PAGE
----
The track serves as an umbrella for all e-Government-related topics except the special-topics tracks. E-Government research has developed over the past decades into a mature discipline. In this track EGOV foundations, theories and practices are explored. We solicit for a variety of research approaches. This track covers emerging and special topics in e-Government research. Areas of focus and interest include but are not limited to the following topics:

  • Foundations of e-Government and e-governance research
  • E-Government theories, views, methods and frameworks
  • Interdisciplinary approaches
  • Innovation management, transformational government
  • Stakeholder and change management
  • Strategies and policies for ICT-enabled public administration overhaul
  • E-Government architectures (vertical, horizontal, and networked)
  • Public administration back and front offices overhaul (cases, practices, lessons learned)
  • Design approaches for ICT solutions in the public sector, including stakeholder engagement, citizen co-creation, and crowd sourcing
  • Information governance (strategies, information sharing practices, privacy practices)
  • Public-sector CIOs and/or COOs (roles, impact, span of control, issues, and challenges)
  • Public-sector ICT workforce (management, retention, compensation, etc.)
  • Public-sector information management (challenges and opportunities, cases)
  • Enterprise ICT management initiatives
  • Managing and upgrading public-sector legacy systems
  • Digital Transformation and the Public Sector
  • Artificial Intelligence uses and the Public Sector
  • Distributed Ledger Technology/Blockchain and the Public Sector
  • The Internet of Things and the Public Sector
  • Intergovernmental integration and interoperation
  • Safe public online access, inclusion, privacy and online identity management
  • ICT portfolio management in the public sector
  • ICT insourcing versus outsourcing approaches
  • Data protection and privacy-by-design
  • Social media use for G2B and G2C communications
  • Social media impact on public administration practices
  • Integration of online and inline services (opportunities, challenges, case)
  • Cross-jurisdictional alliances for online government services
  • ICT-enabled transnational government collaboration
  • Special topics (for example, disaster management, cybersecurity, etc.) and novel topics (for example, ICT4D, e-Justice, etc.)
  • ICT-enabled critical infrastructure management, risks, and policies
  • Public value management, transparency, risk management
  • Geographical information systems in government
  • e-Government project success and failure
  • ICT usage, acceptance, measurement, benchmarking, and benefit management
  • Online performance metrics for public services
  • Return on investment and sustainability of ICT investments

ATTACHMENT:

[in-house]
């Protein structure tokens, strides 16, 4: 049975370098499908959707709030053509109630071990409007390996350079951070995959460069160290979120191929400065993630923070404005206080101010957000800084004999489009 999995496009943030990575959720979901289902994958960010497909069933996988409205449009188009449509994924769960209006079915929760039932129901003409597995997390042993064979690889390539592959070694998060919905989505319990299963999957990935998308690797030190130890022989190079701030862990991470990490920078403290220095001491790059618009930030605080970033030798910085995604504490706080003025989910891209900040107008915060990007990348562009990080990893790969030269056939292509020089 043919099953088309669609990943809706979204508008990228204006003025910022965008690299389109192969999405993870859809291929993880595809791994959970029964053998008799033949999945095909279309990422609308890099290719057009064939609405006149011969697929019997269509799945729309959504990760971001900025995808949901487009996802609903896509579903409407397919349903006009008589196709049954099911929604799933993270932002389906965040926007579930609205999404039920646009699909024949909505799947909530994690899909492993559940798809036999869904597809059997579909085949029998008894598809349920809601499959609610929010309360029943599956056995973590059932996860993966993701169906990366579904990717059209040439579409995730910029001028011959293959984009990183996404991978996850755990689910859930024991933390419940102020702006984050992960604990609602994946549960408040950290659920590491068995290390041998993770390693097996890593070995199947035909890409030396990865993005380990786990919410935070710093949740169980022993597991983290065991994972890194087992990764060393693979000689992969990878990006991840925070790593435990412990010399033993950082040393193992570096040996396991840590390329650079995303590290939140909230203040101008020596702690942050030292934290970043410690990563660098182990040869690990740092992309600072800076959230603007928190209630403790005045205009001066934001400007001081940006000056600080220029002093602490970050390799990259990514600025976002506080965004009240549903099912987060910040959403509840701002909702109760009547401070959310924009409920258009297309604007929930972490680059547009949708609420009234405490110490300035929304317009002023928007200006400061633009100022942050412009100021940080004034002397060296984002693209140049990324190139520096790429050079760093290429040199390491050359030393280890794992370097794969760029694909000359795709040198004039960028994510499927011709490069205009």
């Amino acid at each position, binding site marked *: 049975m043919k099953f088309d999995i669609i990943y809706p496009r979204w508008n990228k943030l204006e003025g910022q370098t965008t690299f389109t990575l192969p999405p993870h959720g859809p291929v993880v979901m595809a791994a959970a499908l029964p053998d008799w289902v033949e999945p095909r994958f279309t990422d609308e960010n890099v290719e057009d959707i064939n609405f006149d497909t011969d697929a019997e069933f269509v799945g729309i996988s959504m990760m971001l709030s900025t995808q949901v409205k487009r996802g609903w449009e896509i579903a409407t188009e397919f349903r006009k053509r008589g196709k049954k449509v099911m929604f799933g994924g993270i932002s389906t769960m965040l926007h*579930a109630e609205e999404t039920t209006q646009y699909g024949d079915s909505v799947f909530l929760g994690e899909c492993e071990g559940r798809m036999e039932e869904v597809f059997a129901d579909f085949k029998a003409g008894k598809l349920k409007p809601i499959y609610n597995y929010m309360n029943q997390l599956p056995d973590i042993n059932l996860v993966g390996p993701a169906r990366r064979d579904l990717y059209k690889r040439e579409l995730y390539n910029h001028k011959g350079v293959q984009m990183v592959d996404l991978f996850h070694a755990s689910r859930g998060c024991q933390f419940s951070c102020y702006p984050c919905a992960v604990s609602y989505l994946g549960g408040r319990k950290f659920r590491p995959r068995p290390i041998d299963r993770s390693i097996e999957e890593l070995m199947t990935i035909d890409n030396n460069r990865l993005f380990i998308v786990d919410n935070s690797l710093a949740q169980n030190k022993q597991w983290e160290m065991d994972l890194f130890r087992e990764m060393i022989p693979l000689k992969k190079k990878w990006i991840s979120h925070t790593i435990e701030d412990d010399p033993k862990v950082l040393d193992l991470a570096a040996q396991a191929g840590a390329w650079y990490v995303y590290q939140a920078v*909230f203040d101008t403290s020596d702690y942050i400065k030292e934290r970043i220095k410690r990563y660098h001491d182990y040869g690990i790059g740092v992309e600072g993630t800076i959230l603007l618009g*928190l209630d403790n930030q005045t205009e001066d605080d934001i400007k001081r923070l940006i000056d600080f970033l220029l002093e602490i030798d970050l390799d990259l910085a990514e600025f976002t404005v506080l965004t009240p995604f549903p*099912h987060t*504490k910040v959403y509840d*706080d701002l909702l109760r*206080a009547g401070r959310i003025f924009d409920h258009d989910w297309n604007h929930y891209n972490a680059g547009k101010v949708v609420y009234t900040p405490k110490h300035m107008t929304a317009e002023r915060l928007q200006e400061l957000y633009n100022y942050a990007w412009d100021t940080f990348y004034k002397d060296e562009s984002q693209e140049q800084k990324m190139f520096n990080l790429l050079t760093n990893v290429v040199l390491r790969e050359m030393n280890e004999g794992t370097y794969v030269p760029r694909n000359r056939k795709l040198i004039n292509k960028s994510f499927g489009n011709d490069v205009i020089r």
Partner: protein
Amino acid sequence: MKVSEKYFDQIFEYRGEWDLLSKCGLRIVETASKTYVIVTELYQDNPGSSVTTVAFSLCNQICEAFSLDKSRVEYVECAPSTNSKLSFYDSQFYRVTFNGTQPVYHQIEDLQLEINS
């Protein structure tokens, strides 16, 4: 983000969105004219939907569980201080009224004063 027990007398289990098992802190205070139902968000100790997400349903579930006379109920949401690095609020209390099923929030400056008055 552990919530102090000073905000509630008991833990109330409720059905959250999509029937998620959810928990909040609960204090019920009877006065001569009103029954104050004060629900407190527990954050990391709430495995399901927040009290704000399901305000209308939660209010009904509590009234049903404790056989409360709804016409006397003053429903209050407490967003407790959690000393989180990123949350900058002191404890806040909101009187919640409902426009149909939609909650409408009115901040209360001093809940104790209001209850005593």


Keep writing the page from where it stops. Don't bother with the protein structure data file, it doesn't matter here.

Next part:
• Policies and decision-making in government

Track Chairs

  • Ida Lindgren (lead), Linköping University, Sweden
  • Hans Jochen Scholl, University of Washington, USA
  • Gabriela Viale Pereira, Danube University Krems, Austria

The General E-Democracy & eParticipation track aims to present recent developments in electronic participation and digital engagement covering all relevant technical, political and social aspects.

E-participation and e-democracy are multidisciplinary fields of study. They are particularly timely and relevant in various contexts focusing on issues such as participatory public service design; engagement driven around open government data, social media interactions, engagement in co-design and co-delivery of services and several other top-down and bottom-up initiatives related to economic and welfare issues.

This track aims to bring together researchers from all disciplines interested in e-Participation and e-Democracy to present and discuss new ideas, meet other researchers and practitioners and facilitate future collaborations. We welcome theoretical papers as well as case studies and quantitative papers, but also encourage authors to combine them for challenges, analyses and elaborations on further developments.

Areas of focus and interest include but are not limited to the following topics:

  • Foundations of e-Participation and e-Democracy research including theories, methods, models and approaches
  • The role of social and mobile media
  • Transparency and open access
  • Design and co-creation of participatory public services; bottom-up initiatives
  • Advances in online deliberation and discourse, participatory budgeting, eConsultation, ePolling, and eLegislation, eElectioneering, eCampaigning and eVoting
  • Advances in participatory policy making using policy modeling, simulation, impact assessment and visualization methods and tools
  • Digital research methods and big data applications
  • Public engagement around big and open data
  • The role of e-Participation and e-Democracy in national and global crisis situations
  • Comparative analyses of e-Participation and e-Democracy practices
  • Impact assessment and public value considerations in real world decision making
  • Digital literacy and its consequences for eParticipation and e-Democracy
  • e-Participation and e-Democracy projects: design, implementation, evaluation, quality and impact
  • Sustainability of e-Participation, e-Democracy and citizen engagement; good practices and key factors for success; motivational factors and the impact of participation
  • Participatory and communication platforms; ICT, mobile media and new forms of participation; applications for citizens
  • Digital interactions between citizens, businesses, governments, service providers and other stakeholders
  • Citizen inclusion and digital divide: gender, age, education, etc.
  • New approaches to direct democracy, new forms of democracy enhanced by ICT and the impact of new technologies, in particular block chains, to the development of e-participation
  • Inclusive e-governance in the context of Regional Smart Specialization
  • Living Labs and Social Innovation
  • Critical perspectives: wrongdoings, bad experiences, hype but not reality, fringe groups